All of that may sound good, but as many assessment practitioners know, faculty members do not always embrace assessment to make such an approach possible. Faculty members often have resentments toward assessment that may be well earned: frustrations with administration, budget fears, past destructive use of assessment results, and previously ineffective assessment approaches have left some faculty with a skeptical view of assessment. Faculty may even greet a new assessment approach with open hostility, even when they are deeply invested in teaching and learning, their students, and their research.
When assessment practitioners approach faculty, they can keep in mind that the complaints they hear from faculty represent more than grumbling at additional work. Most people complain because their values have been violated and this perspective supports the assessment practitioner in finding a path to create transformative assessment with faculty members. This approach borrows heavily from Kegan and Lahey’s 2001 work How the Way We Talk Can Change the Way We Work and 2009’s Immunity to Change.
The approach is a two-step process that first involves a highly adapted method from The Way We Talk. Understanding what faculty members value provides the assessment practitioner an avenue to shape assessment into a process that supports the faculty members’ values rather than be a tool against their values. The second step, again highly adapted, but this time from Immunity to Change, provides the assessment practitioner tools to move assessment forward with a group of faculty.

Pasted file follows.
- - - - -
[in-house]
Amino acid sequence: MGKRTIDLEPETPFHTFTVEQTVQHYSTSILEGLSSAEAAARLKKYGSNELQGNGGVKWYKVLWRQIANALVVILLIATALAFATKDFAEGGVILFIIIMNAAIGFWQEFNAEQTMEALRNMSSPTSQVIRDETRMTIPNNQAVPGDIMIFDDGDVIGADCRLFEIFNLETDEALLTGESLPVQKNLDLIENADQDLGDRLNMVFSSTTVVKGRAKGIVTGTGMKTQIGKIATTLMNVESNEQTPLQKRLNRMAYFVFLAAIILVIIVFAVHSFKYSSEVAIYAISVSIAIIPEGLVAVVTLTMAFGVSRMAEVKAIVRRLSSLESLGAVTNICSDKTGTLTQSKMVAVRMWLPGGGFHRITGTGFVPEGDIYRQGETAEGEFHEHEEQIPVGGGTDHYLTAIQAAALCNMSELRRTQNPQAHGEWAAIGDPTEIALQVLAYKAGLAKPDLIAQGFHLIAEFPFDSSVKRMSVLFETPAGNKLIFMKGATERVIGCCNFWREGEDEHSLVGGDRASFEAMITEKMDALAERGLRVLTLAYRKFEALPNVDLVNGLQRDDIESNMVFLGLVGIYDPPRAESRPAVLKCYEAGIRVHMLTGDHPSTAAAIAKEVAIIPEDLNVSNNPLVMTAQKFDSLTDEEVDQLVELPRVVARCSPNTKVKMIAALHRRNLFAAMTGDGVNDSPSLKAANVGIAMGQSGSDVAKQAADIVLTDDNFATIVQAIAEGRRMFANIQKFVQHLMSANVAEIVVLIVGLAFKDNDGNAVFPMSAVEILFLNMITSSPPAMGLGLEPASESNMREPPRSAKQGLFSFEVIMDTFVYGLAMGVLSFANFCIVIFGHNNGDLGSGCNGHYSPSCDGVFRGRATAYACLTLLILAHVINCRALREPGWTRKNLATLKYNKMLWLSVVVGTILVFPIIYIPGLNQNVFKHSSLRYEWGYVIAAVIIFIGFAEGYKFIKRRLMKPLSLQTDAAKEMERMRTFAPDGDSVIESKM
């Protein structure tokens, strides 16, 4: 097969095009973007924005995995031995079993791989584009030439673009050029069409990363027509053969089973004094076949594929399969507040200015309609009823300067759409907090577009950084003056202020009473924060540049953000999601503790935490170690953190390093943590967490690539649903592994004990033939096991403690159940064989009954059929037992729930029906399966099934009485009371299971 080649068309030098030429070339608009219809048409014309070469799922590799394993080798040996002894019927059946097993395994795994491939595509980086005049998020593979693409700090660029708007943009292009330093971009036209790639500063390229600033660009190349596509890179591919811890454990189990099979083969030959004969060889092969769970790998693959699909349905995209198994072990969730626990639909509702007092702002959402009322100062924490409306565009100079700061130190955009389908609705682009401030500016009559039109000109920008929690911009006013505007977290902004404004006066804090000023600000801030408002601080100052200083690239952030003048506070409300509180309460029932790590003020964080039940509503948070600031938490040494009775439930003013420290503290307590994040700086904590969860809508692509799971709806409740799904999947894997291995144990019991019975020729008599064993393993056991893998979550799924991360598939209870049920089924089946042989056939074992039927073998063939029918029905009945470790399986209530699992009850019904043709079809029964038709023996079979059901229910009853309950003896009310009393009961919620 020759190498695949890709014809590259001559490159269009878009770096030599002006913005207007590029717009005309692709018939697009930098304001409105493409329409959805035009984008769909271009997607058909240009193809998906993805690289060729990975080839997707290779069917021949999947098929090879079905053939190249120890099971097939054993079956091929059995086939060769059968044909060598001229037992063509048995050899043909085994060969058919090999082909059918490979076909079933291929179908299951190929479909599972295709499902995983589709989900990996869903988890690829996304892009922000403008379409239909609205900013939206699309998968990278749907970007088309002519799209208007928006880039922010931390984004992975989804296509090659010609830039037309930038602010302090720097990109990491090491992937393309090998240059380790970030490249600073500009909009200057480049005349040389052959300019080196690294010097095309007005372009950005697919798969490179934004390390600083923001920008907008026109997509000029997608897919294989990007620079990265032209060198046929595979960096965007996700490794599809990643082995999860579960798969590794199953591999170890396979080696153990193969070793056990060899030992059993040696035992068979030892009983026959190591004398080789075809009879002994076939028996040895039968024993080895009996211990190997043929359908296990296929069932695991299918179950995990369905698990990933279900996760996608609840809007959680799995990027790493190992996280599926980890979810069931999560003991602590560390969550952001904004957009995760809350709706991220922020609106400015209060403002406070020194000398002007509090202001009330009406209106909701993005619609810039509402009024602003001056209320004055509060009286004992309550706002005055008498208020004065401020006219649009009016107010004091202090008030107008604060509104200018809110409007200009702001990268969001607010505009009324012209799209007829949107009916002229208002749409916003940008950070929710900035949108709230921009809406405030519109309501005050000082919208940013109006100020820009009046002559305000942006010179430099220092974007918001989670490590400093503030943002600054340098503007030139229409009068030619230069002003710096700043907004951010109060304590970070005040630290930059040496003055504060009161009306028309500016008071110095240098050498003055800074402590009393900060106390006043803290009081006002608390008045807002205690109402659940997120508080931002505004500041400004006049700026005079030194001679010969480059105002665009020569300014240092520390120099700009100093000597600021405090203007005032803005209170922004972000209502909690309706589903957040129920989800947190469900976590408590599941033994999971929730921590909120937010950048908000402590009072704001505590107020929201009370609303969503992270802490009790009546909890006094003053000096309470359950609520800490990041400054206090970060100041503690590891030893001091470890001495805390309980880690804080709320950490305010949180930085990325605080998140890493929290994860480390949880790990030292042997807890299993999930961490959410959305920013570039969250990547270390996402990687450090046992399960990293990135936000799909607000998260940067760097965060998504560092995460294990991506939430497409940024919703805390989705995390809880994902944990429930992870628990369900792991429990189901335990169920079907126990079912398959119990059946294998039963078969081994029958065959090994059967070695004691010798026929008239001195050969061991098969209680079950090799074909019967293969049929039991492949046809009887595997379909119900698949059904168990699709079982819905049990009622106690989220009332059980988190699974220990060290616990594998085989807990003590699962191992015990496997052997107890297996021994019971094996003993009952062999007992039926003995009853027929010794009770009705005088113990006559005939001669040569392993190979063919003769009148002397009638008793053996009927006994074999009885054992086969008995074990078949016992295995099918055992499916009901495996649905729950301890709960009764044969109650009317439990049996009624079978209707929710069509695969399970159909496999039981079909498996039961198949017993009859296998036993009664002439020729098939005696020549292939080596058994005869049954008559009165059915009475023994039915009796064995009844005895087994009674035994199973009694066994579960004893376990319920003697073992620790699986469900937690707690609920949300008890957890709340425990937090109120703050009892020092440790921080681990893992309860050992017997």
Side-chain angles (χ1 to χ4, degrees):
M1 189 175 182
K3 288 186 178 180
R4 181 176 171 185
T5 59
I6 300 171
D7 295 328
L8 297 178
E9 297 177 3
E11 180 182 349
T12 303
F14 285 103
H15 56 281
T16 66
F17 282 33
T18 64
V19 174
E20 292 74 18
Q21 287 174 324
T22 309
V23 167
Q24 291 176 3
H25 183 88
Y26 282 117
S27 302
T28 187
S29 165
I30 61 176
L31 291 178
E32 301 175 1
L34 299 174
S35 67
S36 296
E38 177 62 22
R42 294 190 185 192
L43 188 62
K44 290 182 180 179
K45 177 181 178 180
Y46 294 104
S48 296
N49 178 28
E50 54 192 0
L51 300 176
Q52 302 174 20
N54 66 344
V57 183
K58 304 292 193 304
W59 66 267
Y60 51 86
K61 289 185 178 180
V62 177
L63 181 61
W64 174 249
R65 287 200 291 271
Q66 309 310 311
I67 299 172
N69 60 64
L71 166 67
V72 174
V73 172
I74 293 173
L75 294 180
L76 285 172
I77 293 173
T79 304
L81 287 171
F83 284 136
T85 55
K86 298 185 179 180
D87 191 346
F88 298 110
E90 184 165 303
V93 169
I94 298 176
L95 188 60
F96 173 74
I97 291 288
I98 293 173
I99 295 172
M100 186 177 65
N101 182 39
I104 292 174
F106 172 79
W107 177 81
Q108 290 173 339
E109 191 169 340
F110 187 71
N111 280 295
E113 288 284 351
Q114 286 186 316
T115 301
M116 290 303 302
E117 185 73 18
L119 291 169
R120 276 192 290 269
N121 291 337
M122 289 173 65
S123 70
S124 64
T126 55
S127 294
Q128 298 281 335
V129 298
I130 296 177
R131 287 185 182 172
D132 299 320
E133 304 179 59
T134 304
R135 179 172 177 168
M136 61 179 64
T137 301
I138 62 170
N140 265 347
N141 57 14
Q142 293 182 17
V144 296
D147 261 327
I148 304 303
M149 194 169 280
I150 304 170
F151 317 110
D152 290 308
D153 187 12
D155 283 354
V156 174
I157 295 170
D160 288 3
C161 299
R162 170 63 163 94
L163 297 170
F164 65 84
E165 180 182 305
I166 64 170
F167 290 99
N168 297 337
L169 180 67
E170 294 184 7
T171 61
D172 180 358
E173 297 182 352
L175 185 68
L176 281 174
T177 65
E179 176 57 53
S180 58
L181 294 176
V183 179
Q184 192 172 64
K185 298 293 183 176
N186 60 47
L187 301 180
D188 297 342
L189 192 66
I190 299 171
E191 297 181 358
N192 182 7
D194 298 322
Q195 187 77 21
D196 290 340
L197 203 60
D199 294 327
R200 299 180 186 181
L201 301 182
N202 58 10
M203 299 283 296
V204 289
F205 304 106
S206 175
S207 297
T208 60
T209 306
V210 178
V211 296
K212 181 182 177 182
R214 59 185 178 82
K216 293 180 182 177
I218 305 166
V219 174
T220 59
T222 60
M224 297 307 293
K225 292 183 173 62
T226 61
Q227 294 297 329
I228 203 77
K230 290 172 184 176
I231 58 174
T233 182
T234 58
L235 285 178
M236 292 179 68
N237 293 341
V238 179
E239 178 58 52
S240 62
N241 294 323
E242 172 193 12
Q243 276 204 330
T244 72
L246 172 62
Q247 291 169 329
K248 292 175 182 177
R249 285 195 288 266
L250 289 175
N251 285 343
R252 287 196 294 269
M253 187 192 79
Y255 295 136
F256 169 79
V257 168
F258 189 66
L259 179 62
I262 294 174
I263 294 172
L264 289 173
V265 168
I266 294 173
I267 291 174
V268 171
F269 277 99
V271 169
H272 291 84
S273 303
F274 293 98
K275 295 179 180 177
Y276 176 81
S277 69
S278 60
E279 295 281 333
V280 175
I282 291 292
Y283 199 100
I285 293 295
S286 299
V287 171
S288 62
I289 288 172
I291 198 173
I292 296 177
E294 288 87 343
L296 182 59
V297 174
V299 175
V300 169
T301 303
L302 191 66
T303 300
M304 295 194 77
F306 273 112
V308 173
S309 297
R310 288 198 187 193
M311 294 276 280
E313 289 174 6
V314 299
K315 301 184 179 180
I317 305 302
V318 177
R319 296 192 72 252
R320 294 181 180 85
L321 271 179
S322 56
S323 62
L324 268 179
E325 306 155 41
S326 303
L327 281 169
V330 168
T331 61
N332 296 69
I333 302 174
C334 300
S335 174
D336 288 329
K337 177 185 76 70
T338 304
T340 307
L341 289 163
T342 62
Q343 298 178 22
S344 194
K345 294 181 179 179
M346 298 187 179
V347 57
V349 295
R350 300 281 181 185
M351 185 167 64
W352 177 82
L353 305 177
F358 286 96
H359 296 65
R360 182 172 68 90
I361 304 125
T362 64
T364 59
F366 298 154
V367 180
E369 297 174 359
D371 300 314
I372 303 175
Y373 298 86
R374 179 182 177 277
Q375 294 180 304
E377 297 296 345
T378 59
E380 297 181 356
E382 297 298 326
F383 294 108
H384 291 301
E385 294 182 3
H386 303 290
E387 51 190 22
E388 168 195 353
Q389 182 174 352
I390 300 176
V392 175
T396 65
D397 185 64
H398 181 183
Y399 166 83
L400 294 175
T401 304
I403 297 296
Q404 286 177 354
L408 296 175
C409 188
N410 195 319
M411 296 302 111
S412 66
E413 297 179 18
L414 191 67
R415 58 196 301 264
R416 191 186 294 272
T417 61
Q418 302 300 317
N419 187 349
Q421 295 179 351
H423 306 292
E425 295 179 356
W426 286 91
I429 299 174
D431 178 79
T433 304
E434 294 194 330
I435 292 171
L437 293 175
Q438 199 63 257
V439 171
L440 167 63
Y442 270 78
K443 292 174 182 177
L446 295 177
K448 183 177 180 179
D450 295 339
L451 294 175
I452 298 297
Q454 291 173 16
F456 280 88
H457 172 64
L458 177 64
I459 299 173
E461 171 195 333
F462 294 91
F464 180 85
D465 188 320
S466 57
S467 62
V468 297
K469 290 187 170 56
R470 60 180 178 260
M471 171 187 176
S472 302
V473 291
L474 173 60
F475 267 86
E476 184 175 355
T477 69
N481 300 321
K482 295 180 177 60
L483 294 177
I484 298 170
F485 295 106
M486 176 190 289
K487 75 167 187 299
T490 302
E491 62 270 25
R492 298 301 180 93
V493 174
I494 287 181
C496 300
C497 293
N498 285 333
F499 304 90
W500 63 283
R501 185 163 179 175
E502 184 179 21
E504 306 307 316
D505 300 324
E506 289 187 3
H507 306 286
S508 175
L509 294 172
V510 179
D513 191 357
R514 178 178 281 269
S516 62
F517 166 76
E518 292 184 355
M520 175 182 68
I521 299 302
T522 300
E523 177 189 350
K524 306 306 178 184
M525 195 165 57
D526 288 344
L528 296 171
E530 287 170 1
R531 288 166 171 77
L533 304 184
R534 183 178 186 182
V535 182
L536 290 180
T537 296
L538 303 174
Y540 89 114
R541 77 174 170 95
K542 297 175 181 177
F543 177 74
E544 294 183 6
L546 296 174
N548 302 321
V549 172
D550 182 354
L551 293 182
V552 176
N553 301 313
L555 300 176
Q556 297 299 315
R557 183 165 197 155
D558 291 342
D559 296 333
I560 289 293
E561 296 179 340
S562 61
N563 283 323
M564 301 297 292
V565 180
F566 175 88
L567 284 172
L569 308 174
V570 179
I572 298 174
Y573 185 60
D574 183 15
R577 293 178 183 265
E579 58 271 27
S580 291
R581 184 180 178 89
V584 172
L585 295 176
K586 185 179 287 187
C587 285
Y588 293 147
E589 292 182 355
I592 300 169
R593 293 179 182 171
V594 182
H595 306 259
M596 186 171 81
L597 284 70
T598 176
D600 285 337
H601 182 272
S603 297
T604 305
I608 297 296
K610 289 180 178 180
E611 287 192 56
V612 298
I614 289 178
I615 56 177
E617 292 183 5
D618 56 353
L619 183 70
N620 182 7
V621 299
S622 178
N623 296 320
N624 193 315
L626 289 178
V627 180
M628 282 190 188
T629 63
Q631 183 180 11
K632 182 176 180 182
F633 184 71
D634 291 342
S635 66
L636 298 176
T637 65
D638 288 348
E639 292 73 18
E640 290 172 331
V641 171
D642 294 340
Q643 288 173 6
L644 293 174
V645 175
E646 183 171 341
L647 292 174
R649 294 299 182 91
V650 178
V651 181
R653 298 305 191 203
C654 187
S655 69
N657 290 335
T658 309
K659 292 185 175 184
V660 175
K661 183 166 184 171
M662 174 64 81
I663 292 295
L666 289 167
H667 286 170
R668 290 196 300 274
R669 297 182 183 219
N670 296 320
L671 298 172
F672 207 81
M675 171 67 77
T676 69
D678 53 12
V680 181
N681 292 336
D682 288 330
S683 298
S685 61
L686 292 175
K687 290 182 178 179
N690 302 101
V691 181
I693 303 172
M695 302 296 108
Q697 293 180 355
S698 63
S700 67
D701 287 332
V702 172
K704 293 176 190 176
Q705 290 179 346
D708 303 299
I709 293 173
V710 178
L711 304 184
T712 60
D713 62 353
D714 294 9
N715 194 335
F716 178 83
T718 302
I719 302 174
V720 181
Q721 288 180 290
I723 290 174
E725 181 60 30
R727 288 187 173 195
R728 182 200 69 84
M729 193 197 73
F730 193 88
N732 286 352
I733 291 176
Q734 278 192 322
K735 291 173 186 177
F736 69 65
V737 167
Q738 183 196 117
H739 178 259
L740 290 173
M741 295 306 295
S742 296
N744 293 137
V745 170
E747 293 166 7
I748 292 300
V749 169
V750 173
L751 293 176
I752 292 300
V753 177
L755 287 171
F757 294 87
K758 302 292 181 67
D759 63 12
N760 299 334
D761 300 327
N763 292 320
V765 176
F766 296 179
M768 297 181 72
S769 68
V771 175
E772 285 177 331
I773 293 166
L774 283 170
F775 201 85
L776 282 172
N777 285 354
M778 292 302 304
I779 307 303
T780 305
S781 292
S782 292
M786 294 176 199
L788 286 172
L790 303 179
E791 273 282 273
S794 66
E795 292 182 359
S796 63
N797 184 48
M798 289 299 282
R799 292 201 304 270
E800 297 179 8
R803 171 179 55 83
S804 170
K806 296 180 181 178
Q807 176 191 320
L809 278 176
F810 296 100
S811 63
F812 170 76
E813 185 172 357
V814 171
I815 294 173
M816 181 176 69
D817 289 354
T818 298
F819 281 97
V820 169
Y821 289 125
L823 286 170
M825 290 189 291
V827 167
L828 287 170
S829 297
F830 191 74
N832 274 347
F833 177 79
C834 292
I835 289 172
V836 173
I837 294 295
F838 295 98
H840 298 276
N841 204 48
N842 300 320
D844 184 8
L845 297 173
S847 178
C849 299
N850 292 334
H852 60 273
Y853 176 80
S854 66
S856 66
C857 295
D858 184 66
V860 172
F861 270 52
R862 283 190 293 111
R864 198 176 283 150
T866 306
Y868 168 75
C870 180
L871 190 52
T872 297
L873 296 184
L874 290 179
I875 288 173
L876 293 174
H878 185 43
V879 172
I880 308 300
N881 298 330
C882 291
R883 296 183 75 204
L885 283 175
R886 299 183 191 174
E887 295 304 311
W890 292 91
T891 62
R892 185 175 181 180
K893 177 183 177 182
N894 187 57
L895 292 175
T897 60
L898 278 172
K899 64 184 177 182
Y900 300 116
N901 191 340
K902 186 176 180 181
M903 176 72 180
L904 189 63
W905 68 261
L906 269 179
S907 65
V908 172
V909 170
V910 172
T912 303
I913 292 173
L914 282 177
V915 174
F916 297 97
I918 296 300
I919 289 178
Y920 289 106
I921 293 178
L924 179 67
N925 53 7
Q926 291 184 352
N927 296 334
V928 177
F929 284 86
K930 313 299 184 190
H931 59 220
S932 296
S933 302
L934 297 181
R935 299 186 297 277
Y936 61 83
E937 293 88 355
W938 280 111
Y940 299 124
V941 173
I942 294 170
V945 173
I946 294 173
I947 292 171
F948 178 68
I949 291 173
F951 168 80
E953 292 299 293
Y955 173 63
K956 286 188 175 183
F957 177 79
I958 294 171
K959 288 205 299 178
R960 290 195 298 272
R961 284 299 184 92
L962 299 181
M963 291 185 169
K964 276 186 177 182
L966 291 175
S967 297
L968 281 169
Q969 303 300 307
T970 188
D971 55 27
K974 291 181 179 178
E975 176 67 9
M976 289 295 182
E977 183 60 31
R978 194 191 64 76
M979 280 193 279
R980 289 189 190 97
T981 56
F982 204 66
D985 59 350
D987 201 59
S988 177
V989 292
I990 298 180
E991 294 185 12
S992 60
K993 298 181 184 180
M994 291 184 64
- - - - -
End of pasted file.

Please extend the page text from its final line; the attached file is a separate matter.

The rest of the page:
Complaint to Commitment
The first step is in determining what the violated values are. Sometimes assessment practitioners may resist listening to faculty complaints about assessment because it seems to be a waste to time; rather than moving assessment processes forward, the complaints seem to be a way to avoid assessment altogether. This approach, however, asserts that the faculty complaints are a rich resource for understanding what it is they value.
The Complaint You Heard. The table below illustrates how to listen to the faculty complaints. The first column is “The Complaint You Heard,” and refers to listening deeply when the faculty complain. In this situation, the assessment practitioner would not react to the complaints either positively or negatively, but rather listen to understand. What is the complaint—or at least how are the faculty members voicing that complaint. In the example below, the complaint is about the administration, that the administration attempts to control faculty, and finally, that assessment is a tool for that control.
The Unspoken Complaint (if it exists). The second column asks the assessment practitioner to use information he or she may already have. For example, it may be that the faculty members in the conversation are not tenured or that the department is about to be merged with another. It could also be that what the faculty members are complaining about cover another complaint. In the example below, the unspoken complaint is also about control, but this time, administration’s control is not the issue, but the faculty members’ lack of it. Immediately, the assessment practitioner can see that dismissing the concern about the administration’s control will not necessarily ease the concern about the faculty member’s lack of control. Of course, the faculty members may well be voicing their complaints specifically and there is no unspoken complaint.
Figure 1: From Complaint to Commitment
The Underlying Commitment. The third column requires the assessment practitioner to re-phrase the complaint in a positive way. If what the faculty members’ stand against is clear, what do they stand for? In this example, the assessment practitioner determines that the issue at play is autonomy or academic freedom. Checking this assumption with the faculty members is important. In this instance, the assessment practitioner might say, “It sounds like faculty retaining control over the curriculum and teaching methods important. Would you agree that’s the primary issue?” Faculty may be vociferous in their correction of the assumption, but at least stating what the assessment practitioner assumes is going on will provide an opportunity for clarity.